The Horns of a Dilemma: Good Citizenship vs Self-interest

I’ve always wanted to use that cliche: horns of a dilemma. My life is mostly dilemma free or at least I believe it to be. I had to search the archives and found roughly 42 posts featuring the word dilemma and most of those dilemmas had to do with Dawson’s Creek or dealing with insomnia. Once it was quoting a Spin Doctors’ song. There are important facts I feel the need for you to know and have nothing at all to do with my current dilemma.

My current dilemma has to do with the choice between being a good citizen or putting my own self-interest over the wants/desires for a complete stranger.

Okay, here’s the situation.

Remember how last year I fell back in love With the library? It has been a grand year filled with not paying to read mediocre books. For that I am forever grateful.

In general the rekindled library relationship has been going swell. However, now I’m at the horns of the aforementioned dilemma. Most people probably don’t realize this, but I am a slow reader. A super-slow, must get in each word reader. Unless a book really lights me on fire (which doesn’t happen that often), it takes me forever to finish a book. That’s why it took me roughly 88 years to finish The Orphan Master’s Son and then had to bitch about it for about four weeks. I bitched so much about it that at one point Christa said, “That book really ruined your life, didn’t it?”

It did! Matters weren’t helped that it fell into the shitfecta that included How Should a Person Be? (one of the meanest books I’ve ever read) and that awfully dull Pete Townshend memoir Boats I Bought & Studio Equipment I Purchased Off Your Ridiculous Unending Baby Boomer Nostalgia Bullshit. I don’t know why I’m bitching about these books it has nothing to do with my dilemma.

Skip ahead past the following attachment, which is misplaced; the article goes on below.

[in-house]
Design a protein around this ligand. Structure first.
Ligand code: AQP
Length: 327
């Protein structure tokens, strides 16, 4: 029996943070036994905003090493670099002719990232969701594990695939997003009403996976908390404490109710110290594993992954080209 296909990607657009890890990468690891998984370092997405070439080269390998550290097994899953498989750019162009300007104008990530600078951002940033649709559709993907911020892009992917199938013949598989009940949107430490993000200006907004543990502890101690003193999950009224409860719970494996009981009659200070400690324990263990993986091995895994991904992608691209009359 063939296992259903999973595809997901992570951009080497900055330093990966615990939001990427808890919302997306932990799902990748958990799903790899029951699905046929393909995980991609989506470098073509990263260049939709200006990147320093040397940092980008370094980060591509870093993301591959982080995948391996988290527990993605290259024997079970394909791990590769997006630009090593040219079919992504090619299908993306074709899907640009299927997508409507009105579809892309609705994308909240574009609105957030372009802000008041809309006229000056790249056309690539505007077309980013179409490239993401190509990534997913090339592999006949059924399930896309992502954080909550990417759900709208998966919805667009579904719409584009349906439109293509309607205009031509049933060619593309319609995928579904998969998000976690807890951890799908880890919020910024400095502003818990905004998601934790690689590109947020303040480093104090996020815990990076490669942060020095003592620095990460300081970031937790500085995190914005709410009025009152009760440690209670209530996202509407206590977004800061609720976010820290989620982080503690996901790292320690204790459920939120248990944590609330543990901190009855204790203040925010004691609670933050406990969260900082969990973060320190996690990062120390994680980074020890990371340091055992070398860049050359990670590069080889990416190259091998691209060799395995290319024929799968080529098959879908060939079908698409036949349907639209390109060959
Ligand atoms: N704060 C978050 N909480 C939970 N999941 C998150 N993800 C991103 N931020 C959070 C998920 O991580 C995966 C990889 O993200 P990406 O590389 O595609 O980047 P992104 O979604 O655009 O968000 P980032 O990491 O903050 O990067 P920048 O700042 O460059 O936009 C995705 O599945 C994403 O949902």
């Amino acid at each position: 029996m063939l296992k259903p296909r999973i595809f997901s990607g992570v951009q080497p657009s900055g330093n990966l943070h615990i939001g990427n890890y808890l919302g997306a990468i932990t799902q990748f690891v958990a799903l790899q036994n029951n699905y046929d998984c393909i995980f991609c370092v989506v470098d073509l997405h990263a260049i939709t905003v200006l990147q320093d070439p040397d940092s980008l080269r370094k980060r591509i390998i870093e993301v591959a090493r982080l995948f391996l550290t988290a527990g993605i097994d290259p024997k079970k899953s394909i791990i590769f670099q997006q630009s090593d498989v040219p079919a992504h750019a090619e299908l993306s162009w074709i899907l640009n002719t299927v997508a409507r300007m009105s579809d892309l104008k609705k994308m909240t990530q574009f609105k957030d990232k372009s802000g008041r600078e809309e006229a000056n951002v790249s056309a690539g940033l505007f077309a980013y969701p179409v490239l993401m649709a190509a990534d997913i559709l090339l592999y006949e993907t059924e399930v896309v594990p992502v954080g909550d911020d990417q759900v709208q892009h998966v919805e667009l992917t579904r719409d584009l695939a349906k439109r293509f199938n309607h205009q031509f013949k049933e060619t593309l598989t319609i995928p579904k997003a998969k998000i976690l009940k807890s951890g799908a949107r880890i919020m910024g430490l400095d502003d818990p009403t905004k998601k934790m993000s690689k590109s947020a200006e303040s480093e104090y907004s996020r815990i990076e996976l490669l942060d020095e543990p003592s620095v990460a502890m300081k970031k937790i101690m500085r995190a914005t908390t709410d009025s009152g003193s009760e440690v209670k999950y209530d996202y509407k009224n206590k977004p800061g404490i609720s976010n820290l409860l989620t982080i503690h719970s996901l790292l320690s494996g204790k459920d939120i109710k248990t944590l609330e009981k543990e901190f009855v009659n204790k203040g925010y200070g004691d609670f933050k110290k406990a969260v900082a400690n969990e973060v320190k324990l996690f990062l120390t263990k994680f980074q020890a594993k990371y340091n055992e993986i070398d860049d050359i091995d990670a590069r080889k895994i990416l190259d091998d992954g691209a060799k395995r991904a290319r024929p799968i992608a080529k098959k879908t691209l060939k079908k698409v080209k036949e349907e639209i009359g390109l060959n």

My dilemma has to do with & Sons by David Gilbert, a lovely book I’ve been enjoying reading quite a bit. It’s got a real John Irvingeque vibe to it and reminds me of being nineteen when I read a lot of books about rich white folks in New York.

I borrowed & Sons from the library three weeks ago. It is due tomorrow and I am not done. I’m only about half-way through it and I really do want to finish it. Damn you shitty Tampa, why did I read you first? WHY?

Last night I tried to renew it for another three weeks, which would give me plenty of time to finish at my usual pace. Lo and behold! There are six other people in line behind me at the library waiting for me to return this book. This means, for those who never use the library, that I can’t renew it.

So what’s a nerd to do? Do I keep the book until I am finished, accruing the 30¢-a-day fine. I could probably bust through it by the end of the week. Or do I do the right thing and return the book to the library tomorrow on it’s due date, get to the back of the line, and let all the others read and hope I get to check it out again before I forget the first 200 pages?